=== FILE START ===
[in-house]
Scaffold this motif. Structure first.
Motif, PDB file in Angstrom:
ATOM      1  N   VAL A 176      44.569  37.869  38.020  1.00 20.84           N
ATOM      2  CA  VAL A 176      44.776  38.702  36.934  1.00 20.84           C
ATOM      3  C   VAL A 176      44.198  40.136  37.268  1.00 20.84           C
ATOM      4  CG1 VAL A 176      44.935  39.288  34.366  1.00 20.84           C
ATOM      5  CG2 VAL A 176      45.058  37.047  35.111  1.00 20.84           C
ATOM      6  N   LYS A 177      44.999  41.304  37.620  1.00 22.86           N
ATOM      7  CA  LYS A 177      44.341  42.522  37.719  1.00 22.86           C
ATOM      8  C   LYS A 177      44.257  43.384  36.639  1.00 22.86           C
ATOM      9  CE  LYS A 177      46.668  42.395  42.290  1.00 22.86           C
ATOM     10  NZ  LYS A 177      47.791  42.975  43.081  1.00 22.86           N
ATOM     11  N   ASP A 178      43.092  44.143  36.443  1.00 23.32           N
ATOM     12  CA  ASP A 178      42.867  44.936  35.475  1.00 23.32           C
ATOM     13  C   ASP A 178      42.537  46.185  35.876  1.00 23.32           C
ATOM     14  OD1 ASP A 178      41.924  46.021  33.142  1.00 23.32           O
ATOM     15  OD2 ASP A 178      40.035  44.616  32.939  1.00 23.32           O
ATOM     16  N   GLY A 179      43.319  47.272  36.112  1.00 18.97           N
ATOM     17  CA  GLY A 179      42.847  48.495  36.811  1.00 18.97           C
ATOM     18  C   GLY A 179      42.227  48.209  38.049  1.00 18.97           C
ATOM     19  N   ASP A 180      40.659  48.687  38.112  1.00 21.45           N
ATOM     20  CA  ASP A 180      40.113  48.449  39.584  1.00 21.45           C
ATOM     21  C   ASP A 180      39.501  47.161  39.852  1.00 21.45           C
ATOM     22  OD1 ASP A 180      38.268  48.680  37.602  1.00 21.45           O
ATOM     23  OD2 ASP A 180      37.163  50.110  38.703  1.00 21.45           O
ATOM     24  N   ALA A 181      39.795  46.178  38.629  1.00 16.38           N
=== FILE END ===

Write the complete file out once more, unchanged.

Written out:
[in-house]
Scaffold this motif. Structure first.
Motif, PDB file in Angstrom:
ATOM      1  N   VAL A 176      44.569  37.869  38.020  1.00 20.84           N
ATOM      2  CA  VAL A 176      44.776  38.702  36.934  1.00 20.84           C
ATOM      3  C   VAL A 176      44.198  40.136  37.268  1.00 20.84           C
ATOM      4  CG1 VAL A 176      44.935  39.288  34.366  1.00 20.84           C
ATOM      5  CG2 VAL A 176      45.058  37.047  35.111  1.00 20.84           C
ATOM      6  N   LYS A 177      44.999  41.304  37.620  1.00 22.86           N
ATOM      7  CA  LYS A 177      44.341  42.522  37.719  1.00 22.86           C
ATOM      8  C   LYS A 177      44.257  43.384  36.639  1.00 22.86           C
ATOM      9  CE  LYS A 177      46.668  42.395  42.290  1.00 22.86           C
ATOM     10  NZ  LYS A 177      47.791  42.975  43.081  1.00 22.86           N
ATOM     11  N   ASP A 178      43.092  44.143  36.443  1.00 23.32           N
ATOM     12  CA  ASP A 178      42.867  44.936  35.475  1.00 23.32           C
ATOM     13  C   ASP A 178      42.537  46.185  35.876  1.00 23.32           C
ATOM     14  OD1 ASP A 178      41.924  46.021  33.142  1.00 23.32           O
ATOM     15  OD2 ASP A 178      40.035  44.616  32.939  1.00 23.32           O
ATOM     16  N   GLY A 179      43.319  47.272  36.112  1.00 18.97           N
ATOM     17  CA  GLY A 179      42.847  48.495  36.811  1.00 18.97           C
ATOM     18  C   GLY A 179      42.227  48.209  38.049  1.00 18.97           C
ATOM     19  N   ASP A 180      40.659  48.687  38.112  1.00 21.45           N
ATOM     20  CA  ASP A 180      40.113  48.449  39.584  1.00 21.45           C
ATOM     21  C   ASP A 180      39.501  47.161  39.852  1.00 21.45           C
ATOM     22  OD1 ASP A 180      38.268  48.680  37.602  1.00 21.45           O
ATOM     23  OD2 ASP A 180      37.163  50.110  38.703  1.00 21.45           O
ATOM     24  N   ALA A 181      39.795  46.178  38.629  1.00 16.38           N